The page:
Friday, March 27, 2009

When the going gets tough...

Well, I can't claim to know it all, but here are some thoughts that might help find a job in a tough economy...

* Network, network, network! Go to events, join organizations, shake hands & hand out business cards. As a student, membership in most professional organizations is much less expensive. For instance, the Massachusetts Bar Association has student memberships at $35 per year. And they have a joint membership deal with the ABA that covers multiple years. Besides offering a slew of discount deals from Lexis and LimoLiner to Hertz and the Celtics and SportsClubs L.A, your Mass Bar membership also entitles you to a mentor program, an online forum (like a listserve) and free membership in one section or practice group. These sections or practice groups are the key part of the membership if you want to network and build relations among the practitioners in your topic area.

One of the cleverest ways I've seen a law student look for a job was just this. She was a stay-at-home mom, who had not had the chance for clinic, internships or summer jobs. She joined the Mass Bar in her last year of evening division, and chose the section in her interest area, Elder Law. She volunteered to register the folks attending a CLE for the Section and talked to them as they registered. She made some connections and a good impression, and voila -- job offer! You do not know when a job opening will appear -- but if you have made some connections and left a good impression, people may think to call you and tell you to send in your resume before the job gets posted. Therefore: NETWORK!!

* On a similar theme, exploit your existing connections. If you are a member of a community, a church/temple/synagogue group, an ethnic group, any interest group of some kind, that group may well pay off for you in terms of networking. Let people know you are looking for work and what kind of job you hope to find. Again, have those business cards ready. You can get them printed at a Kinko's, but our BLSA offers the service each year, to fellow students -- it's a great fund raiser and a good service.

* Look for opportunities for training. You may think this sounds strange in law school, but law school really doesn't get you ready for law practice. Suffolk includes an office called Advanced Legal Studies, which produces continuing legal education programs. This office has won national awards for the quality of its programming, that the programs are FREE to current students. Our students can locate the current and upcoming programs on the Suffolk website here. Outside of Suffolk, there are CLE programs advertised at bar associations. If your school has an internship program, like Suffolk has, here, or clinical programs, like here, those are also good opportunities for real-life training. There are a very few law firms that also offer internships and mentoring outside of law schools. I only know of one, but I hope the idea spreads -- it's desperately needed in the tough job market!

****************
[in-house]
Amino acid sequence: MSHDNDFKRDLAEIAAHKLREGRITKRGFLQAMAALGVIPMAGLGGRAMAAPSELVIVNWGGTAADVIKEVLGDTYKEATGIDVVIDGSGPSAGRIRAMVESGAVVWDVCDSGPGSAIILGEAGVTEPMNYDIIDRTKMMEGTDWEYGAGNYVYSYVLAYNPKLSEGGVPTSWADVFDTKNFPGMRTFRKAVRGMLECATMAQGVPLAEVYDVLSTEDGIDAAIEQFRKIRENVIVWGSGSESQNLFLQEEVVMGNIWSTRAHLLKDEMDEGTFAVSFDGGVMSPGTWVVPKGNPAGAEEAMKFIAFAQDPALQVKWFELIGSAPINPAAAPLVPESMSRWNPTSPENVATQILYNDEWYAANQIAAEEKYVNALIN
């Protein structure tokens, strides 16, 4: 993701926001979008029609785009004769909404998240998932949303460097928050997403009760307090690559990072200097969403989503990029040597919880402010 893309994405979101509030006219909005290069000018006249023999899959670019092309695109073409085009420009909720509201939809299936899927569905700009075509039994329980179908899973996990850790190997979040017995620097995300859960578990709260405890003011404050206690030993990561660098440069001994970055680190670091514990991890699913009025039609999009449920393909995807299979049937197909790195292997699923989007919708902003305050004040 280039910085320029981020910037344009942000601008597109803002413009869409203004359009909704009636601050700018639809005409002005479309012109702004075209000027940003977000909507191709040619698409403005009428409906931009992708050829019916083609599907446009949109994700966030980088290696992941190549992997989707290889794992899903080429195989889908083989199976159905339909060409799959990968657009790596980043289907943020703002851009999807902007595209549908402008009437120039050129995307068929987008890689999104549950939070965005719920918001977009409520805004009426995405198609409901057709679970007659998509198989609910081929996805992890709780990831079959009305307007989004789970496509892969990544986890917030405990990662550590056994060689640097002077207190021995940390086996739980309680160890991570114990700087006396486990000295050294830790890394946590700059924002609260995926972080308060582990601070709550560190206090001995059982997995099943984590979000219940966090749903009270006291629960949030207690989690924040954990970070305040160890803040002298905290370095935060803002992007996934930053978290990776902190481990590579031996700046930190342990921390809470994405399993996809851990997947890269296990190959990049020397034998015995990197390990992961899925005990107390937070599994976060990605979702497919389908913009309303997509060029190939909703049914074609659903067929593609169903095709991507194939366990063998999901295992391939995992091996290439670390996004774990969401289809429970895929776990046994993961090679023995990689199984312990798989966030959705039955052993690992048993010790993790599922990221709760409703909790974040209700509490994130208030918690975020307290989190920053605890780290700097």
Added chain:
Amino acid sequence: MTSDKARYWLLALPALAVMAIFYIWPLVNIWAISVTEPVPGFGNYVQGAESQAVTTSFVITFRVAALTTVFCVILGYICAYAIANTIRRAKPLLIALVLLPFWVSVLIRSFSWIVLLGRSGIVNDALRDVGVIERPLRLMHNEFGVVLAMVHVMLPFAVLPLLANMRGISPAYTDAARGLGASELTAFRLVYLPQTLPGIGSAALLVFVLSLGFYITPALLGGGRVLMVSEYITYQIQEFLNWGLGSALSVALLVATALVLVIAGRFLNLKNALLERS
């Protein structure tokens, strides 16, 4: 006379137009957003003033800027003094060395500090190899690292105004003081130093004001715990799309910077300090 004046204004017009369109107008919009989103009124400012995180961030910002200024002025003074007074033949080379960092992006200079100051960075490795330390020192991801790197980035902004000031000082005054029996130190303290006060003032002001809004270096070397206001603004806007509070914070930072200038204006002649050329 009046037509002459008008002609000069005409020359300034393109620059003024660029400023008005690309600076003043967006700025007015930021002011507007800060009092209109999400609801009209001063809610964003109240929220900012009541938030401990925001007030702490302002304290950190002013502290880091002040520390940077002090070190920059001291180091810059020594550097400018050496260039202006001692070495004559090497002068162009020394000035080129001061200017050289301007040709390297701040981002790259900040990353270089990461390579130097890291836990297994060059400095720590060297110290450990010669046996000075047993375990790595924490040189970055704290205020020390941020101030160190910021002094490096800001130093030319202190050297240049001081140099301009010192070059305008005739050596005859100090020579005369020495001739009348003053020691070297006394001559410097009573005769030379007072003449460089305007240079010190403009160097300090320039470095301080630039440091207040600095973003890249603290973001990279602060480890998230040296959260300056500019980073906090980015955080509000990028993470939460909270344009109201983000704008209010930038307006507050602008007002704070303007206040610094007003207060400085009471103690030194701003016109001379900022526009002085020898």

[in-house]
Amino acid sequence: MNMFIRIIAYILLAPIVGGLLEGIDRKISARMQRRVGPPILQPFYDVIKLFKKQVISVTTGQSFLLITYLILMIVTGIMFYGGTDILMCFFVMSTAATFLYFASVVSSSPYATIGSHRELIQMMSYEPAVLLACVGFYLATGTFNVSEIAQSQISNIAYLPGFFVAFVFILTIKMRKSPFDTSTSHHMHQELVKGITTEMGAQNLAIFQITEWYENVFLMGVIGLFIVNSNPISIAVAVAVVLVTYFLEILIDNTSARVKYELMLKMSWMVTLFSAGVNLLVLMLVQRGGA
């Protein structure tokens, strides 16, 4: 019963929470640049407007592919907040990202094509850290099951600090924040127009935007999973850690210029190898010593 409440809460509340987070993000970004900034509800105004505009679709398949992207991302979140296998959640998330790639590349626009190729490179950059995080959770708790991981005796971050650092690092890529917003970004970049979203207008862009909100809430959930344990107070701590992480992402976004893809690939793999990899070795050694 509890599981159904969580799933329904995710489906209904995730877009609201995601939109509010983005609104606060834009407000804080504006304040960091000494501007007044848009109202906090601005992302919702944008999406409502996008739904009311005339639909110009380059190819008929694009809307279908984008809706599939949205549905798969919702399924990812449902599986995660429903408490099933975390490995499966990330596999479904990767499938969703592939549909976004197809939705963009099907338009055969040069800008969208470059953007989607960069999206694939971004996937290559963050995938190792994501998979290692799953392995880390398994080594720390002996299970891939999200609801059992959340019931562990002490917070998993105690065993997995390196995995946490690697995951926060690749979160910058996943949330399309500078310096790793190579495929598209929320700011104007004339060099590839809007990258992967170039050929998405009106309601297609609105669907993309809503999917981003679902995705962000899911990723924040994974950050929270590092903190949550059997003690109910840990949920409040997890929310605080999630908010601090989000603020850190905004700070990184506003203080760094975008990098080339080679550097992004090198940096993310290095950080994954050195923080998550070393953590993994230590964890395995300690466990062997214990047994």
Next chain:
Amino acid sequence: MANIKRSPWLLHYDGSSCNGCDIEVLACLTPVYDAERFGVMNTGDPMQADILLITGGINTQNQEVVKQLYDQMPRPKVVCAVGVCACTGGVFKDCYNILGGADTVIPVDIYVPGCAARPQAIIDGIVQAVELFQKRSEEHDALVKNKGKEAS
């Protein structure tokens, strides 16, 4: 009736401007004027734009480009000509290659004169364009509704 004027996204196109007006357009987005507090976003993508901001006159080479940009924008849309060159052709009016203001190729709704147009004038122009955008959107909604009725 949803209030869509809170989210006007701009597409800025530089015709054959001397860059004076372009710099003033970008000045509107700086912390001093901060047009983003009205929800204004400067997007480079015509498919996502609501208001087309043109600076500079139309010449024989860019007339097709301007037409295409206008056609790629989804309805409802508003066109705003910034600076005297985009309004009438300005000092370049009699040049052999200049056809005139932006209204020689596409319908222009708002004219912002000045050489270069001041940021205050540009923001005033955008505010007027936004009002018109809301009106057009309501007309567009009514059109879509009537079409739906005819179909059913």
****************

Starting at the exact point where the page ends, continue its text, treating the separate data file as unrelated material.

The amazing cover of the book Get Tough is apparently at a dead web page. Thank you, Major W.E. Fairbairn, as the author of the book, and whoever posted the image to the web, at

1 comment:

Rebecca Woodworth Brodie said...

Thank you for linking this blog to my firm's mentoring program.

As a Massachusetts attorney and mentor to new attorneys, I was (and continue to be) concerned with the current employment climate. Not only are newer attorneys having a difficult time securing positions, more experienced attorneys are losing jobs and being laid off. (See Time Magazine Article, link below)

However, new attorneys have never had an easy time. Big firms work new attorneys 70 hours a week. Smaller firms don’t have the resources to mentor. Legal aid can’t pay new attorneys and some unscrupulous firms try to get Newbies to do things they know they shouldn’t.

With this bad economy, my best advice for newer attorneys during this time is to “build your arsenal”. What do I mean by that? Simply put, USE THIS TIME WISELY!

New attorneys are now competing with more experienced attorneys for jobs. As I tell my new attorneys, “Why should someone hire a new attorney when they can get someone with experience that can “hit the ground running…?”

My firm, Brodie and Brodie ( currently offers a mentoring program for new attorneys. Every month, I receive 10-15 applications (and I am not even hiring currently). When I was hiring in January, I received 120+ applications for five spots and my web page was getting 500 hits a week. Many of the applicants were experienced attorneys, some owned their own firms.

So, how should new (or newer) attorneys use their time while looking for a job? Well, my best advice is to gain experience and network. Now the problem becomes how to get the best experience while also seeking a job....
Well, I can’t mentor everyone but, due to a huge demand, I have created a networking page on my website and also set up a blog for new attorneys in Massachusetts(

I hope this blog will provide some good advice, suggestions, and upcoming opportunities to all of you seeking to advance your careers… as well as allow me the opportunity to share my insight into the hiring process from the employer’s point of view… Well, at least my point of view!

Rebecca Woodworth Brodie, Esq.